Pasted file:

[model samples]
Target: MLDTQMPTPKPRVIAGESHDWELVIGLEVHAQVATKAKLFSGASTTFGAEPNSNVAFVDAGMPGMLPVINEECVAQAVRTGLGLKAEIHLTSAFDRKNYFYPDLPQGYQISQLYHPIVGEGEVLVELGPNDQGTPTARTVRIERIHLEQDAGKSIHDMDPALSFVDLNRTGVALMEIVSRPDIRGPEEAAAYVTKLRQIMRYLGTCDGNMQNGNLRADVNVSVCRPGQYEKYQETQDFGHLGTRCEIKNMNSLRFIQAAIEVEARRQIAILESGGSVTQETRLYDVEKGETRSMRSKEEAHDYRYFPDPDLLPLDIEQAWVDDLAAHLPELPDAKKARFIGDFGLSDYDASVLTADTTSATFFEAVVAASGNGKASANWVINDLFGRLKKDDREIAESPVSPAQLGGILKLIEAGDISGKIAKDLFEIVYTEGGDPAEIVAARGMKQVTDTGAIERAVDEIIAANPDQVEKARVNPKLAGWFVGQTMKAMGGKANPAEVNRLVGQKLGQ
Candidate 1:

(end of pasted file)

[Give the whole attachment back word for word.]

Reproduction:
[model samples]
Target: MLDTQMPTPKPRVIAGESHDWELVIGLEVHAQVATKAKLFSGASTTFGAEPNSNVAFVDAGMPGMLPVINEECVAQAVRTGLGLKAEIHLTSAFDRKNYFYPDLPQGYQISQLYHPIVGEGEVLVELGPNDQGTPTARTVRIERIHLEQDAGKSIHDMDPALSFVDLNRTGVALMEIVSRPDIRGPEEAAAYVTKLRQIMRYLGTCDGNMQNGNLRADVNVSVCRPGQYEKYQETQDFGHLGTRCEIKNMNSLRFIQAAIEVEARRQIAILESGGSVTQETRLYDVEKGETRSMRSKEEAHDYRYFPDPDLLPLDIEQAWVDDLAAHLPELPDAKKARFIGDFGLSDYDASVLTADTTSATFFEAVVAASGNGKASANWVINDLFGRLKKDDREIAESPVSPAQLGGILKLIEAGDISGKIAKDLFEIVYTEGGDPAEIVAARGMKQVTDTGAIERAVDEIIAANPDQVEKARVNPKLAGWFVGQTMKAMGGKANPAEVNRLVGQKLGQ
Candidate 1: